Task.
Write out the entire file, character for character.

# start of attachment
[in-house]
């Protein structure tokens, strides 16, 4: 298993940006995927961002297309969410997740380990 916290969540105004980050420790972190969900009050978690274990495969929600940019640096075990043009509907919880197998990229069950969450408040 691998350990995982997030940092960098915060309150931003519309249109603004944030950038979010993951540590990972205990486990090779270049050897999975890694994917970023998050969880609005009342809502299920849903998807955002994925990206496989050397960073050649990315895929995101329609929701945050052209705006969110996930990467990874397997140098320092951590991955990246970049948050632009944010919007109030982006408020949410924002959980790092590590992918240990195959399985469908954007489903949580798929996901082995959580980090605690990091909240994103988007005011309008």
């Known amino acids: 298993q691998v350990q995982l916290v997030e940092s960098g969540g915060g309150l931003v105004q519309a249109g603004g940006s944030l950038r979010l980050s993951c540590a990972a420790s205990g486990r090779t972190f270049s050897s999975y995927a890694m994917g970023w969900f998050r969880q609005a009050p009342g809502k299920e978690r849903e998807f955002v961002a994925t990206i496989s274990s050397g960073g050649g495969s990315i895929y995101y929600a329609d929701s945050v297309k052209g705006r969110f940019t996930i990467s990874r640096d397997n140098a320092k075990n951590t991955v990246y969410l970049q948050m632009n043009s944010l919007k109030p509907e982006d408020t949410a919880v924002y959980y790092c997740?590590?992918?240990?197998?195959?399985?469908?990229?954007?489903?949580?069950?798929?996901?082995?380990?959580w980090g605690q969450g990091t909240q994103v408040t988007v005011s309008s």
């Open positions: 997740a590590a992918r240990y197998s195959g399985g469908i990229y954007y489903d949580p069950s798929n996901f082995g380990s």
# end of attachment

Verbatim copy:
[in-house]
């Protein structure tokens, strides 16, 4: 298993940006995927961002297309969410997740380990 916290969540105004980050420790972190969900009050978690274990495969929600940019640096075990043009509907919880197998990229069950969450408040 691998350990995982997030940092960098915060309150931003519309249109603004944030950038979010993951540590990972205990486990090779270049050897999975890694994917970023998050969880609005009342809502299920849903998807955002994925990206496989050397960073050649990315895929995101329609929701945050052209705006969110996930990467990874397997140098320092951590991955990246970049948050632009944010919007109030982006408020949410924002959980790092590590992918240990195959399985469908954007489903949580798929996901082995959580980090605690990091909240994103988007005011309008």
């Known amino acids: 298993q691998v350990q995982l916290v997030e940092s960098g969540g915060g309150l931003v105004q519309a249109g603004g940006s944030l950038r979010l980050s993951c540590a990972a420790s205990g486990r090779t972190f270049s050897s999975y995927a890694m994917g970023w969900f998050r969880q609005a009050p009342g809502k299920e978690r849903e998807f955002v961002a994925t990206i496989s274990s050397g960073g050649g495969s990315i895929y995101y929600a329609d929701s945050v297309k052209g705006r969110f940019t996930i990467s990874r640096d397997n140098a320092k075990n951590t991955v990246y969410l970049q948050m632009n043009s944010l919007k109030p509907e982006d408020t949410a919880v924002y959980y790092c997740?590590?992918?240990?197998?195959?399985?469908?990229?954007?489903?949580?069950?798929?996901?082995?380990?959580w980090g605690q969450g990091t909240q994103v408040t988007v005011s309008s």
């Open positions: 997740a590590a992918r240990y197998s195959g399985g469908i990229y954007y489903d949580p069950s798929n996901f082995g380990s």